Will the Minister give a lead to the industry to save it from complete destruction? Will he act to stop the disastrous flow of cheap imports into the United Kingdom? The latest trade figures show that in the first eight months of 1987 imports of jumpers were up by over 1.5 million. Will the Minister act to stop goods from such places as India, Indonesia, Hong Kong and Thailand being dumped on our shores at the cost of our industry? Will he act to help the industry recover from the general fashion switch away from knitted goods to enable it to have the confidence to return to viability? Will he act to combat employers who, while receiving Government grants for parts of their companies, shift other parts of their industries abroad, outside the EEC, to such places as Turkey, where labour costs are as low as £20 a week?

I say that because rumour abounds in the textile industry that Mansfield Knitwear was closed for exactly that reason. That can be seen from an article in the Financial Times of 23 September 1988 in which the newspaper's textile editor, Alice Rawsthorn, said about the Coats Viyella organisation, which owns Mansfield Knitwear: The group is also considering shipping knitting machinery out to Turkey, where labour costs are lower. Similarly, it may use Turkey as a base to spin acrylic yarn for knitwear. At the time, the journalist was writing an article about Mr. David Alliance, the director of the group, so her information would have come directly from him. Mr. David Alliance has already cost the Mansfield area dearly as, 18 months ago, he closed the Viyella factories in Mansfield and moved to Lancashire, with Government development assistance, despite the fact that it was a profitable company.

I hope that the Minister will ask the Government to review their decision of 30 September this year when they declined to give assisted area status to the Mansfield travel-to-work area. The loss of such a major industry as Mansfield Knitwear will have a severe effect on the community, particularly as Mansfield already has the worst unemployment levels in the midlands, with both male and female unemployment continuing to increase, despite two years' continuous decline in the rest of the country. The area now badly needs help to break out of its present position and can only achieve that with Government help.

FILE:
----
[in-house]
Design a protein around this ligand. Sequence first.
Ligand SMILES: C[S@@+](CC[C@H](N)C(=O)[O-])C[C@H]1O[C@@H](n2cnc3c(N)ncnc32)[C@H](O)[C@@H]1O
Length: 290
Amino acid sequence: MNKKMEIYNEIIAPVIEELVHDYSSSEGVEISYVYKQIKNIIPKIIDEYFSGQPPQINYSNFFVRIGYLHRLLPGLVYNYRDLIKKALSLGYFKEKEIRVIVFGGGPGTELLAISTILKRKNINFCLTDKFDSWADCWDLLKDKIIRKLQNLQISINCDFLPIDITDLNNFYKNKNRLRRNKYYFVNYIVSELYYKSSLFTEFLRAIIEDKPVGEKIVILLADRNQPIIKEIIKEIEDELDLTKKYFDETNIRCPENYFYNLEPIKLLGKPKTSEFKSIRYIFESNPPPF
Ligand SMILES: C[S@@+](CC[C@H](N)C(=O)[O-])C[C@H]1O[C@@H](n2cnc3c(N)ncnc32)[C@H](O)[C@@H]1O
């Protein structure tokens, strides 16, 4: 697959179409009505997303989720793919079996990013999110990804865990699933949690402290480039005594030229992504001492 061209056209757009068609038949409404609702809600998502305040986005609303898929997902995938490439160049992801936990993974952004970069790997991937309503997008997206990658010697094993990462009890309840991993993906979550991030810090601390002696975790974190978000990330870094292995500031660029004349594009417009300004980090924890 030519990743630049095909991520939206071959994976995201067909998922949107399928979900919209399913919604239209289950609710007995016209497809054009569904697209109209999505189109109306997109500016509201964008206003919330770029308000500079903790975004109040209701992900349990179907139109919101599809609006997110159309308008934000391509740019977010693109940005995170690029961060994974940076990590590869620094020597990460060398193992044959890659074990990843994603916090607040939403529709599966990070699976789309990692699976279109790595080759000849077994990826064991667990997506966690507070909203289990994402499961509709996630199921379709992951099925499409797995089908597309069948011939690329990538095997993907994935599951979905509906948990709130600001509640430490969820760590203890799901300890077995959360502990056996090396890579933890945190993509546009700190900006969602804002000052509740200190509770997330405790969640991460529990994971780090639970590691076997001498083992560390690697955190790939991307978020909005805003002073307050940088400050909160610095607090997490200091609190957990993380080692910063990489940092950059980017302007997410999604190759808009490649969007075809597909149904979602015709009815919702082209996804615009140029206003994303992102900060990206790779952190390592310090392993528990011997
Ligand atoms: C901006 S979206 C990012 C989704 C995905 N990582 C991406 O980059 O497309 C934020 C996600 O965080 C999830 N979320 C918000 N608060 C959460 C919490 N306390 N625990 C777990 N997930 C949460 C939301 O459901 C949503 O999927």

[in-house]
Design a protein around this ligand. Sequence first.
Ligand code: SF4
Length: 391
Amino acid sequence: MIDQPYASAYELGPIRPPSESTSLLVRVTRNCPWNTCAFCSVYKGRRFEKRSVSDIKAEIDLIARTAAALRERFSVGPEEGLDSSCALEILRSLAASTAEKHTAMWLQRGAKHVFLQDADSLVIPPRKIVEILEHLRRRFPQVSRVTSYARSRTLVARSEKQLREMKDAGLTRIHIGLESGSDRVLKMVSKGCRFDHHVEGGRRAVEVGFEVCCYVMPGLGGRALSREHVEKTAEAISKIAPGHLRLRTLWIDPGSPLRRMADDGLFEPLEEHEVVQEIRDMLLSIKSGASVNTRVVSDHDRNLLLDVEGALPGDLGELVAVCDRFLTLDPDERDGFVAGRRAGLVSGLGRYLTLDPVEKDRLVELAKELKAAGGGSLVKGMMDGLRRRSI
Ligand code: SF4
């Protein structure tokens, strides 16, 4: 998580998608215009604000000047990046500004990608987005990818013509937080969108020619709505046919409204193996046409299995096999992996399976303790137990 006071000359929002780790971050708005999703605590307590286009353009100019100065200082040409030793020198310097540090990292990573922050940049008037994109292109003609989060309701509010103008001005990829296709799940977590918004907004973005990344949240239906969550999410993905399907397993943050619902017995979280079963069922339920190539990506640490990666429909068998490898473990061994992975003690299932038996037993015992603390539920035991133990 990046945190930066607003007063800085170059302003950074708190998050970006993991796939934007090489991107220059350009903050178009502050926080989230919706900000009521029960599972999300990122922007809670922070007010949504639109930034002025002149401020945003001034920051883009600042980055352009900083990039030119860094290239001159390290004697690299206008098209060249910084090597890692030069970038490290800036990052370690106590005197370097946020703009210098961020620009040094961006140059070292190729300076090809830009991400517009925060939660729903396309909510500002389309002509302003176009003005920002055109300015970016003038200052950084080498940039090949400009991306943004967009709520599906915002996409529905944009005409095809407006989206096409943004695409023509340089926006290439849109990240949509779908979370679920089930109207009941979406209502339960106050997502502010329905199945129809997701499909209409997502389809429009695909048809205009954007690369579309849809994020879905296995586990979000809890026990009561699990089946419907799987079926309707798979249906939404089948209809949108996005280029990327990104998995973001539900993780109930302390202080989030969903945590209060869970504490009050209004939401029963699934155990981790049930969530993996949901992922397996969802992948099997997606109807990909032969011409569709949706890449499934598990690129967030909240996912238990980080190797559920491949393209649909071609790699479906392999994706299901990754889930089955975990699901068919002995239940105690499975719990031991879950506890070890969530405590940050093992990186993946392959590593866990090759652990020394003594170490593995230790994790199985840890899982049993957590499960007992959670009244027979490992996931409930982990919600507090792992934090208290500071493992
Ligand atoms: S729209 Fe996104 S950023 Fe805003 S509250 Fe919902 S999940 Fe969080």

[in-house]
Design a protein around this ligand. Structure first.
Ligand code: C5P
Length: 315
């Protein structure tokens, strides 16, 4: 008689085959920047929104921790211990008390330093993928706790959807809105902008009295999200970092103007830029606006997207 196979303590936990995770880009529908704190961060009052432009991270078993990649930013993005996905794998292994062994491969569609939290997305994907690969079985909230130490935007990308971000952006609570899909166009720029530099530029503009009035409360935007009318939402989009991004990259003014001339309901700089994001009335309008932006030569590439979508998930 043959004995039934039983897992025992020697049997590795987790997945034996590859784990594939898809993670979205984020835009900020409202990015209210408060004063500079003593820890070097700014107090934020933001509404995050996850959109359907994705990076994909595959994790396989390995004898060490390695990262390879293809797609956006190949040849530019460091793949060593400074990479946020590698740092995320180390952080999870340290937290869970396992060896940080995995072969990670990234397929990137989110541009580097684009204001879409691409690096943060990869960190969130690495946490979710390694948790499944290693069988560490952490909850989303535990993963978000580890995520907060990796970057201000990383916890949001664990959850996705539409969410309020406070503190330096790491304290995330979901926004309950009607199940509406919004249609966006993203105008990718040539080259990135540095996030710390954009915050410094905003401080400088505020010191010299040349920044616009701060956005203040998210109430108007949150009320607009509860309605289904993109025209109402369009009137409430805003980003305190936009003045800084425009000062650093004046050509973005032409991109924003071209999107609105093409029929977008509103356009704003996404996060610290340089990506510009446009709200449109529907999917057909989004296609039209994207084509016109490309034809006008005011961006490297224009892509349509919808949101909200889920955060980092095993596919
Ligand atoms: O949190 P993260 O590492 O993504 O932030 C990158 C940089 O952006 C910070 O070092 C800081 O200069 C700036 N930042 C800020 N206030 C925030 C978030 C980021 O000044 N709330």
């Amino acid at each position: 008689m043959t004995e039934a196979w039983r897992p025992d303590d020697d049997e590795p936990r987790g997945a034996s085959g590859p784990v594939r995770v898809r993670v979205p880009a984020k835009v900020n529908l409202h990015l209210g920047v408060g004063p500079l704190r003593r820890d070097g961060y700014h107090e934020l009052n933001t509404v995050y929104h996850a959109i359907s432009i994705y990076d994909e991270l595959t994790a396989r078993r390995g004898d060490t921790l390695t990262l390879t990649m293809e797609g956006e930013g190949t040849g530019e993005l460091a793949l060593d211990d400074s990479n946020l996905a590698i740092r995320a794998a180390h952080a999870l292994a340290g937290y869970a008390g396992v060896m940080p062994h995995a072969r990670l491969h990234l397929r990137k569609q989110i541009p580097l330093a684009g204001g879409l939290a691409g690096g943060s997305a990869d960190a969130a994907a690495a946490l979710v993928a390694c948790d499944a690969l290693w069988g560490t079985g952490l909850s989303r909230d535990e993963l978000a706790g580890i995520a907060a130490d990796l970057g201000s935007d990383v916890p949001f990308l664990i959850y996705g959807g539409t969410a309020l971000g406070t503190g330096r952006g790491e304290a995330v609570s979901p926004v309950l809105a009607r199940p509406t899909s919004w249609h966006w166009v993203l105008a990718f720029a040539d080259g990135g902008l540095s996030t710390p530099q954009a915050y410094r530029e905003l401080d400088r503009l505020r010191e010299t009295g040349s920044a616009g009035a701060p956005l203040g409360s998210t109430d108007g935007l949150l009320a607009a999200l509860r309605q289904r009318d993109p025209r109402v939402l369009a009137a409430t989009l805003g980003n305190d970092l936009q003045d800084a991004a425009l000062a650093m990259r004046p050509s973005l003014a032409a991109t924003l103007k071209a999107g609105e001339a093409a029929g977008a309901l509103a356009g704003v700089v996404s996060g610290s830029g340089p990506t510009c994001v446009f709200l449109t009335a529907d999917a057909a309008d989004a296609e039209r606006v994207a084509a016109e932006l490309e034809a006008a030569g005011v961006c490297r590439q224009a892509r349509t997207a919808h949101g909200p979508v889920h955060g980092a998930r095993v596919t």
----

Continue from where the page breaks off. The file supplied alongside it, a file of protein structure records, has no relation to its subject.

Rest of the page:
I should be grateful if the Minister would consider the following approach in his deliberations: first, to issue a statement of confidence in the industry and to make public visits to the regions concerned; secondly, to call a summit soon of all those concerned in the industry to discuss a way forward; thirdly, for the Government to take immediate action to curb cheap imports of textiles and clothing, which are badly affecting home production; fourthly, to undertake an investigation into firms which are in receipt of Government grants and are moving some of their operations abroad; fifthly, to issue a statement to the effect that there will be a renewal of the multi-fibre arrangement before the implementation of the Single European Act in 1992 to safeguard home production; and, finally, that the Minister will liaise with his colleagues at the Department of Trade and Industry and, in the light of the recent closures, review assisted-area status for Mansfield and consider meeting a delegation in the area in the near future.

2.37 pm
Mr. Max Madden (Bradford, West)

May I, at the outset, declare my interest as a sponsored member of the Transport and General Workers Union whose textile trade group represents thousands of men and women working in the textile, clothing and knitwear industries.